Spirited Counterattack

Melanie Phillips, the prominent columnist with The Daily Mail, argued in the Jewish Chronicle that "criticisms of Israeli tactics [such as of the settlements, which criticisms she shares] are almost beside the point. For Israel, this is not a territorial war but an existential war."

Phillips was invited to write reflections on her experience a week before, when, as a panelist on the popular BBC television program "Question Time," she found herself having to defend Israel before a largely hostile studio audience in Cardiff, and also having to defend herself against a vicious, double loyalties charge leveled at her by a fellow-panelist (and fellow-Jew, though far to the left of her), Will Self.

She wrote: "When I said that Israel was a democracy, the audience did a horrible and astonishing thing. They laughed. That incredulous laugh was more shocking even than Self’s attack. I believe that the visceral hostility toward Israel and Jews displayed both on the panel and by the audience are representative now of much mainstream British opinion."

Phillips’ spirited counterattack on "Question Time" has made her a veritable heroine among many grass-roots UK Jews. "Good for her," is the word on the streets of Golders Green, Northwest London’s gilded ghetto. "She spoke for all of us." But lawyer Anthony Julius is dismissive. "She seems to see herself as a Hannah Senesh," he pooh-poohs Phillips’ televised teeth-gnashing, "parachuting into ‘Question Time’ to save Anglo-Jewry from the scourge of anti-Semitism."

Julius’ own national fame as a fighter against anti-Semitism is, of course, unrivaled, after the celebrated Irving trial. "Yes, of course you must confront it," he says expansively. "But then you must move on. What’s the big deal about a ‘double loyalties’ charge? We were debating ‘double loyalties’ at the City of London School 25 years ago. The Irving trial, too, was made too much of. It should be like shit on your shoes. You clean it off – and walk on."

Julius has provoked major literary controversy with a study of T.S. Eliot’s anti-Semitism, ("T.S. Eliot, Anti-Semitism and Literary Form," Cambridge University Press, 1998). Now he is working on a sweeping literary and historical review of anti-Semitism in Britain from the Middle Ages to the present. He is intrigued by the coexistence in Britain of an essentially liberal accommodation toward Jews – "social anti-Semitism of the exclusionist golf-club variety is relatively mild, and in recent years receding," he says – alongside a strong literary tradition of much more virulent Jew-hatred which has flourished in Britain through the Expulsion in 1290, the Return in 1656, and the emancipation of the 19th century. Julius sees Dickens’ "Oliver Twist," for example, as clearly "a version of the blood libel."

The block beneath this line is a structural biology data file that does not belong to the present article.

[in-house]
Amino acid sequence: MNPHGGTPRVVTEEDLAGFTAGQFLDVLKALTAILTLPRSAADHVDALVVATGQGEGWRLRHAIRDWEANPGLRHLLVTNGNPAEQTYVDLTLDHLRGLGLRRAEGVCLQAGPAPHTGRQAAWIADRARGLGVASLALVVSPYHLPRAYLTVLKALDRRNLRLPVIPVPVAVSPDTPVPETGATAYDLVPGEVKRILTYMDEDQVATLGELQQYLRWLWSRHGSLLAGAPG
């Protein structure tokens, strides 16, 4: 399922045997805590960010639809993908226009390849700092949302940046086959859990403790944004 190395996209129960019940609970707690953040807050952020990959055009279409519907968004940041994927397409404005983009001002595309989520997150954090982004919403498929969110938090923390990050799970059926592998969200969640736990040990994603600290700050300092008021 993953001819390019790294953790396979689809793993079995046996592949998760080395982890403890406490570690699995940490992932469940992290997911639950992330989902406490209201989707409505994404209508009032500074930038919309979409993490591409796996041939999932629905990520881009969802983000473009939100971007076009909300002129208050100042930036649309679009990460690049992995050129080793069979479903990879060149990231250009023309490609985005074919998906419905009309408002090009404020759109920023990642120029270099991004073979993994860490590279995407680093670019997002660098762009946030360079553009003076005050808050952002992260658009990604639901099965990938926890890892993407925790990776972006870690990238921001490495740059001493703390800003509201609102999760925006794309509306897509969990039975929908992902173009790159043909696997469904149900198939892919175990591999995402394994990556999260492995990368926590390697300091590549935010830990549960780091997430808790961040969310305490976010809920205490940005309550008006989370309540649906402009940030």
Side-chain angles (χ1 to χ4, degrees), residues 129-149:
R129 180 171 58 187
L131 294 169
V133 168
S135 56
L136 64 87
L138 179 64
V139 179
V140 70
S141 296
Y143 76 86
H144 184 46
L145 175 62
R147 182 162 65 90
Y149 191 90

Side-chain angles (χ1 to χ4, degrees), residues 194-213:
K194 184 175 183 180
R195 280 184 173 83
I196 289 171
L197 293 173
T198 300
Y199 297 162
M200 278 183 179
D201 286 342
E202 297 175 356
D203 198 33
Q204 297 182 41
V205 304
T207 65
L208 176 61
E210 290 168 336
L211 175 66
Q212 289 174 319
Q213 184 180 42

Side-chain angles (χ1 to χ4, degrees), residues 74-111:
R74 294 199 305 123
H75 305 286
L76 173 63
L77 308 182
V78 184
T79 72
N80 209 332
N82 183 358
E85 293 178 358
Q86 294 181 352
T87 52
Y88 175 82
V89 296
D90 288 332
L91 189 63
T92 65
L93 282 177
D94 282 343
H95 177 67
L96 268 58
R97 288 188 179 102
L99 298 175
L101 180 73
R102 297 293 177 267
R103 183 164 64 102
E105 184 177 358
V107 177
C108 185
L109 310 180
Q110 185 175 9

Words of Caution

The South African-born Jewish writer and scholar Dan Jacobson, author of "The Rape of Tamar" and, most recently, of "Heshel’s Kingdom," and professor emeritus of English Literature at University College London, is subject neither to the pressures of daily journalism nor to those of Jewish communal activism.

Surveying London’s hurly-burly from the Elysian heights of Highgate Village, he allows himself a gentle dig at Ha’aretz readers [and, presumably, writers – D.L.] who are so particularly upset about The Guardian and The Independent. They feel bereft. After all, these are their people! Perhaps, therefore, they give disproportionate weight to that part of the press here.

"I agree there’s been a lowering of barriers [inhibiting anti-Semitism – D.L.], because of Holocaust fatigue, because Israeli policies are an irritant, because post-imperial Britain feels, with post-imperial self-righteousness, that someone else’s natives are being persecuted. But, on the other hand, [Palestinian leaderYasser] Arafat gets savagely criticized in large parts of the British media, but Israelis don’t seem to hear or read it. I would be cautious about how deep or how prevalent this purported growth of British anti-Semitism really is.

"What certainly is inspiring genuine feelings of heightened insecurity among Jews, particularly in the north, is the rise of Islamism in the UK. I was recently up in Leeds where there had been violence between young Muslims and members of the [neo-fascist] British National Party – both, significantly, disaffected elements in British society. Jews voiced real misgivings. They seem to feel somewhat besieged."

"If they could burn a church ...," one Jew mused aloud to Jacobson, in frightened awe, leaving the rest of the ominous sentence unspoken. "Jews are a very timid people. This was always the characteristic of the Jews as a minority. Look at American Jewry in the 1930s. I don’t say this with moral reprobation. Their timidity was a survival technique. Among British Muslims today, there is a very different spirit, a spirit of defiance. They burn Rushdie’s book. And it’s just a novel. The Jews didn’t even burn ‘Mein Kampf’!